The Protocol obliges employers to implement adequate control measures and maintain records of such measures. For example, employers are required to keep a contact log to facilitate contact tracing and implement a system for recording site visits by workers, contractors and visitors. Employers should be prepared to produce these records for inspection by the HSA Inspector.The HSA Inspector will note any visible control measures, such as signs requiring physical distancing and hand washing / hand sanitising facilities and may ask questions in relation to the arrangements in place including, for example, the procedure for dealing with a suspected case and the arrangements in place to minimise contact with the suspected case, such as the availability of an isolation room.
- COVID-19 Worker Representative
An employer is required under the Protocol to appoint at least one worker representative whose role is to work collaboratively with the employer to assist in the implementation of measures and monitor adherence to the measures to prevent the spread of COVID-19. The HSA inspector may wish to speak to the COVID-19 worker representative and examine their understanding of the Response Plan and their role within the plan.
What happens if an issue or breach is identified?
There are a range of steps an Inspector can take to address such issues / breaches which vary in terms of seriousness.
- Report of Inspection Letter
The Inspector may provide a report during the inspection which sets out breaches identified and / or areas where improvements can be made.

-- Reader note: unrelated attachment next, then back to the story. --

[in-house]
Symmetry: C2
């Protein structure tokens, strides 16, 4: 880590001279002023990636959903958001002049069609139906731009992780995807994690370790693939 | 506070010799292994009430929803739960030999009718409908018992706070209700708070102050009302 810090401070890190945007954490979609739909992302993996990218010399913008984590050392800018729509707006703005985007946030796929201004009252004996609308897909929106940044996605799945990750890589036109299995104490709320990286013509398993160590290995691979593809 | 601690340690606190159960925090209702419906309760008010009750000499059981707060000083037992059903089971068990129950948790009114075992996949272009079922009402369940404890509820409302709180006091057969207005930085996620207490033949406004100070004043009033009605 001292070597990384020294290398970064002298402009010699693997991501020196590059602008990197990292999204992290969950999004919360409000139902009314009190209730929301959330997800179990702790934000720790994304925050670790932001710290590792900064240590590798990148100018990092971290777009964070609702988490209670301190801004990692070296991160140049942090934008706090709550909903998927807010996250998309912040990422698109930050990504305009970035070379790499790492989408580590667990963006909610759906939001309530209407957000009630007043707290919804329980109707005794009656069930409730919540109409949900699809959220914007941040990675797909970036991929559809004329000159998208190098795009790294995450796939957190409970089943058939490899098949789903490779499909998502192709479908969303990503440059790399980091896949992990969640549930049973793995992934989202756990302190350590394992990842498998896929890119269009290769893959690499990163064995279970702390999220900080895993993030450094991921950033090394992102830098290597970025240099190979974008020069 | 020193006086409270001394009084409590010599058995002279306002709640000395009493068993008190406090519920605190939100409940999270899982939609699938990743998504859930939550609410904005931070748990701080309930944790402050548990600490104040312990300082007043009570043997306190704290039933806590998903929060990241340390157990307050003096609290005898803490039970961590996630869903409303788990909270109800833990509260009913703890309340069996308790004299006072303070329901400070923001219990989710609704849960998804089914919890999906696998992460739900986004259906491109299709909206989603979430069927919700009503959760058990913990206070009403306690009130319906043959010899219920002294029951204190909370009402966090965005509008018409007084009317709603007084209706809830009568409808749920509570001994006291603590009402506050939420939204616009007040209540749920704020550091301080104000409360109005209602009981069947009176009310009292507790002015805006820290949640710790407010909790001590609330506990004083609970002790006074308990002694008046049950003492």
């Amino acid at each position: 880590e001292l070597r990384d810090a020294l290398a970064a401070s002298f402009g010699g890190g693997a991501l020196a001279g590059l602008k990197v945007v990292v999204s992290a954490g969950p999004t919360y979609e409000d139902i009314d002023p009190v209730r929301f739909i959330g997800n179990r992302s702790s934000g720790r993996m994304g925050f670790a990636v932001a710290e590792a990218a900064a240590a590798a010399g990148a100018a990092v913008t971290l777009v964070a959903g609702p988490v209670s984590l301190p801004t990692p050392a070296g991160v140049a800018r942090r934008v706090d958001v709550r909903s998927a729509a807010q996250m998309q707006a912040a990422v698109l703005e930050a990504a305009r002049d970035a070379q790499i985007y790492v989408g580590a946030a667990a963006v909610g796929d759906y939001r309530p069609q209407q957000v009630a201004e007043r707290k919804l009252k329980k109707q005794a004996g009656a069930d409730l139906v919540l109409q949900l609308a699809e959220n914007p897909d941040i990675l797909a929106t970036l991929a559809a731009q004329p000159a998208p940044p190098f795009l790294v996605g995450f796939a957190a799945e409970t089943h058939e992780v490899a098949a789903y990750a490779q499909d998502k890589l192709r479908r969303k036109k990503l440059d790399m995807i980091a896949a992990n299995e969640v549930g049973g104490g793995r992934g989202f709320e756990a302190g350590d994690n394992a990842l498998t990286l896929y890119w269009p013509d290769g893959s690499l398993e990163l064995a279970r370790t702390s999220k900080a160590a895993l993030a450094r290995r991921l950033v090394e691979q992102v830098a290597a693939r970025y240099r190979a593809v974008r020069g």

- Improvement Direction
The Inspector may issue a written direction to the employer to submit a plan within 1 month to improve some part of their practice or procedure.
- Improvement Notice
The inspector may issue a written notice stating the Inspector’s opinion that the duty holder has contravened a statutory provision and requiring that the contravention be addressed within a certain time period of not less than 14 days.
- Prohibition Notice
An Inspector may serve a Prohibition Notice where he is of the opinion that an activity is likely to involve a risk of serious personal injury to any person. This notice prohibits the activity in question until the risk is eliminated or mitigated to the Inspector’s satisfaction. It takes effect immediately from when the person, on whom the notice is served, receives the notice.
It is essential that employers remain informed of the most recent Covid-19 public health advice and guidelines and ensure that workplace policies and Response Plans are in line with current government advice. Employers should be prepared to amend their Response Plan at short notice if required by government advice. A comprehensive Response Plan, incorporating all necessary mitigation measures, adequate training for employees and engagement with employees should put employers in a good position to deal with any Covid-19 inspection by the HSA. Bear in mind, however, that even if the purpose of the Inspector’s visit is to assess compliance with Covid-19 safety measures, the inspection will not necessarily be limited to those measures and employers should be prepared to deal with other issues or breaches identified by the Inspector along the way.